Carlton Rowland Bovell


professor emeritus of biology


Carlton Rowland Bovell, an administrator and biologist, was the first tenured African American professor at UCR and among the first in the UC system. In 1957, he received a doctorate in biology from UC Davis and began his career in UCR’s biology department. Bovell’s roles as a UCR administrator included vice chair and acting chair of the biology department and two terms as chair of the UCR Division of the Academic Senate. In 1980, he became vice chancellor of UCR. Bovell was a champion of increasing diversity and representation of racial and ethnic minorities at UCR. He was chair of the Black Studies Program and instrumental in the establishment of the first chair for American Indian studies in the UC system at UCR in 1986, the third such program in the country at that time.


The Legacy of ASP

Yaw Wiafe, current public policy student and ASP’s outreach specialist.
Yaw Wiafe, current public policy student and ASP’s outreach specialist. (UCR/Stan Lim)

Now in its 50th year, ASP continues to grow. Jamal Myrick, ASP’s current director, said he is driven by the desire to make students welcome and successful and is inspired by other important moments of UCR’s Black history, including the first registered Black student in 1954, Martha Berkley; the first two Black graduates, Roy Overstreet and Zelma Ballard, who graduated in 1958 and 1959, respectively; and the burning of the Black House.

“To me, Black scholar success means having a place where scholars feel safe, they feel valued, and feel seen,” Myrick said. “It’s them feeling like a necessary part of this campus community. Not just when things are going bad, not just when it’s Black History Month, and not just when it’s cool, but throughout their whole time at UCR.”

Myrick has big plans for the center’s future. Prior to the pandemic, ASP was seeing 200 unique visitors a week, including students, staff, and faculty — growth he hopes leads to more office space and staff. Currently, Myrick and ASP staff are creating fundraising opportunities to reestablish a six-week summer bridge program to help students transition from high school to college, both academically and socially. In creating a larger Black community, Myrick also hopes ASP can work with International Affairs to design a new study abroad program in Africa.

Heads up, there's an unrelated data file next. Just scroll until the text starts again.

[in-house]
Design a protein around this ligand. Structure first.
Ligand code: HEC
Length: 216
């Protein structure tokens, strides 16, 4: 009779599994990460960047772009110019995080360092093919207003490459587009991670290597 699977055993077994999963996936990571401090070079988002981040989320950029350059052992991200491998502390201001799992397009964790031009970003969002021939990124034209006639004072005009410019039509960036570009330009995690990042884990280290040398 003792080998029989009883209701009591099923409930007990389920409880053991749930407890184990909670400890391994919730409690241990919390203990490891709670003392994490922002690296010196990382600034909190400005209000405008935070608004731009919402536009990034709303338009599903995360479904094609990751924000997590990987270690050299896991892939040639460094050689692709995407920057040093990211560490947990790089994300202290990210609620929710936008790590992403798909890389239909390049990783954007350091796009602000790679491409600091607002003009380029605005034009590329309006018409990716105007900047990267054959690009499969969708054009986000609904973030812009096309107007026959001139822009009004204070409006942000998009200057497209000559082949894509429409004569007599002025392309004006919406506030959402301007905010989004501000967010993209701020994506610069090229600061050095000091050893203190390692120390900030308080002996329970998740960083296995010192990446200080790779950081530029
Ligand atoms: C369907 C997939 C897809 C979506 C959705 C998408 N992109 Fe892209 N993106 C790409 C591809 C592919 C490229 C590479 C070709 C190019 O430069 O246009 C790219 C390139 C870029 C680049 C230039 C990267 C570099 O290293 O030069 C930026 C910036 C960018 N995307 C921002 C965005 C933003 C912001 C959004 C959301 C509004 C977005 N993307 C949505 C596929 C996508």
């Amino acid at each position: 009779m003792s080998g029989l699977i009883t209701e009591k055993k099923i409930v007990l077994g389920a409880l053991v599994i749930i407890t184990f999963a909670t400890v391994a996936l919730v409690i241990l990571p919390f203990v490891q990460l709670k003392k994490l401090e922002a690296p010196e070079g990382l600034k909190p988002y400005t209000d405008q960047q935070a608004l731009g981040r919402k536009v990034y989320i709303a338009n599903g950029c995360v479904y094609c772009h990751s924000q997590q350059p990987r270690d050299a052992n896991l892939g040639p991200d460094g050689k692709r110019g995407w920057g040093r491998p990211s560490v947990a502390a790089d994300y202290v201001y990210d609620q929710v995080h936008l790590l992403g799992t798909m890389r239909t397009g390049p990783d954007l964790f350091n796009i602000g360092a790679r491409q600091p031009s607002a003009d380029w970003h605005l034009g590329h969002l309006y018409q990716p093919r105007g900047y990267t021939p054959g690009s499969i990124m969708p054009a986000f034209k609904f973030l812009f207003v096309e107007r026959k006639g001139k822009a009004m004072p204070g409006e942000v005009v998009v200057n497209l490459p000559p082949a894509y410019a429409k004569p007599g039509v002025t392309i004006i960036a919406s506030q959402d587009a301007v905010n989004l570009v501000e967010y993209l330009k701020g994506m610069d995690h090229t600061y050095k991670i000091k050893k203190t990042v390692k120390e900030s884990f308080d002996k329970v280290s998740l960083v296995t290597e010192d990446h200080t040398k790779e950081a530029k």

Aiding in ASP’s goals are many UCR students and staff members including Victor Moreira ’07, an undergraduate academic advisor for the College of Humanities, Arts, and Social Sciences. Moreira’s experience as a former UCR student helps him connect with current students, he said. He also credits his experience at UCR with giving him a deeper appreciation of his Nigerian culture. As an undergraduate, Moreira joined the Nigerian Student Association, or NSA, as well as African Americans United in Science, or AAUS, which he said taught him skills he still uses today.

“When I came to campus in 2002, my second quarter, I took introduction to African American Studies. That class helped me understand myself as a Black man and Black person. It helped me become aware what role race plays in society. And it prompted me to get involved with the Black community at UCR,” said Moreira, who is currently chair of the Black Faculty and Staff Association.

Yaw Wiafe, a current public policy student, said he has developed a sense of cultural awareness, social justice, and the importance of being a student advocate during his time at UCR. He’s learned to value his Nigerian immigrant parents and appreciate the opportunity for an education in the U.S. Wiafe is currently studying Black-owned businesses and the financial, housing, and mental health impacts COVID is having on communities of color. After graduating, his goal is to attend law school.

Wiafe credits his mentors, including Myrick, with helping him transition from community college to starting at UCR in a virtual environment. Currently, he serves as ASP’s outreach specialist, vice president of Phi Beta Sigma fraternity, and is a member of NSA and Umoja — Swahili for “unity” — an organization that supports African American students in the community college system.

“The fact that we are here is a credit to the hard work of our ancestors,” Wiafe said, noting their efforts made it possible for him and others to attend UCR. “There is not one event or one moment that made this happen. It’s been a culmination of events and the impact of everyone’s hard work that we are here today.”


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Return to UCR Magazine: Winter 2022